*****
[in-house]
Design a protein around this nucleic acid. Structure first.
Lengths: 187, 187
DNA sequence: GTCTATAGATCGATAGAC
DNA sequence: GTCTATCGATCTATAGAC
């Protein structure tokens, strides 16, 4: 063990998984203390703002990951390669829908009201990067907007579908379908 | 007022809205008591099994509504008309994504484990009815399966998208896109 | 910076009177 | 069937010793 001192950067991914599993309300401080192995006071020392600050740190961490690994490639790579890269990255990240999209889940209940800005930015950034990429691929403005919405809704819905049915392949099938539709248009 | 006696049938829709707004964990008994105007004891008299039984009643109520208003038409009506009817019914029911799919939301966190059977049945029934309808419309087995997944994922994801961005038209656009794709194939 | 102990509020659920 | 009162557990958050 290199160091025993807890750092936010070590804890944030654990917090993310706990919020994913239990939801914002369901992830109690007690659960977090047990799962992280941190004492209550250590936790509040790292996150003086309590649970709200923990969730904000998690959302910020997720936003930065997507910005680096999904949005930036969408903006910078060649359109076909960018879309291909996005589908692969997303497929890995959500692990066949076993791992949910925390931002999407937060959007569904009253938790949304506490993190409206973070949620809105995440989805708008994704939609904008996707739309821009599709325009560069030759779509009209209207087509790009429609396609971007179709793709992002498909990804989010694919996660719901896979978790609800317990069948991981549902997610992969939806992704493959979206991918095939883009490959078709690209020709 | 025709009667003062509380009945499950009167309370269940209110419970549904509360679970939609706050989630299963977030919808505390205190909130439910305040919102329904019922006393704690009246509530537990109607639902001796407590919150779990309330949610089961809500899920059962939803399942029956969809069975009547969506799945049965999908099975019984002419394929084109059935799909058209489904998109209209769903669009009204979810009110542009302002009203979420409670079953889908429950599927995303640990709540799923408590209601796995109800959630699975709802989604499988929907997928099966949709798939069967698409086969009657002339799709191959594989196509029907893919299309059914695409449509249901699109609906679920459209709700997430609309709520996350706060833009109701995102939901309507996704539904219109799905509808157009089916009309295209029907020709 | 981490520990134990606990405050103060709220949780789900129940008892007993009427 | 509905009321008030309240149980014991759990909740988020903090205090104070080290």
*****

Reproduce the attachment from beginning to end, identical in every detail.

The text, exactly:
[in-house]
Design a protein around this nucleic acid. Structure first.
Lengths: 187, 187
DNA sequence: GTCTATAGATCGATAGAC
DNA sequence: GTCTATCGATCTATAGAC
């Protein structure tokens, strides 16, 4: 063990998984203390703002990951390669829908009201990067907007579908379908 | 007022809205008591099994509504008309994504484990009815399966998208896109 | 910076009177 | 069937010793 001192950067991914599993309300401080192995006071020392600050740190961490690994490639790579890269990255990240999209889940209940800005930015950034990429691929403005919405809704819905049915392949099938539709248009 | 006696049938829709707004964990008994105007004891008299039984009643109520208003038409009506009817019914029911799919939301966190059977049945029934309808419309087995997944994922994801961005038209656009794709194939 | 102990509020659920 | 009162557990958050 290199160091025993807890750092936010070590804890944030654990917090993310706990919020994913239990939801914002369901992830109690007690659960977090047990799962992280941190004492209550250590936790509040790292996150003086309590649970709200923990969730904000998690959302910020997720936003930065997507910005680096999904949005930036969408903006910078060649359109076909960018879309291909996005589908692969997303497929890995959500692990066949076993791992949910925390931002999407937060959007569904009253938790949304506490993190409206973070949620809105995440989805708008994704939609904008996707739309821009599709325009560069030759779509009209209207087509790009429609396609971007179709793709992002498909990804989010694919996660719901896979978790609800317990069948991981549902997610992969939806992704493959979206991918095939883009490959078709690209020709 | 025709009667003062509380009945499950009167309370269940209110419970549904509360679970939609706050989630299963977030919808505390205190909130439910305040919102329904019922006393704690009246509530537990109607639902001796407590919150779990309330949610089961809500899920059962939803399942029956969809069975009547969506799945049965999908099975019984002419394929084109059935799909058209489904998109209209769903669009009204979810009110542009302002009203979420409670079953889908429950599927995303640990709540799923408590209601796995109800959630699975709802989604499988929907997928099966949709798939069967698409086969009657002339799709191959594989196509029907893919299309059914695409449509249901699109609906679920459209709700997430609309709520996350706060833009109701995102939901309507996704539904219109799905509808157009089916009309295209029907020709 | 981490520990134990606990405050103060709220949780789900129940008892007993009427 | 509905009321008030309240149980014991759990909740988020903090205090104070080290």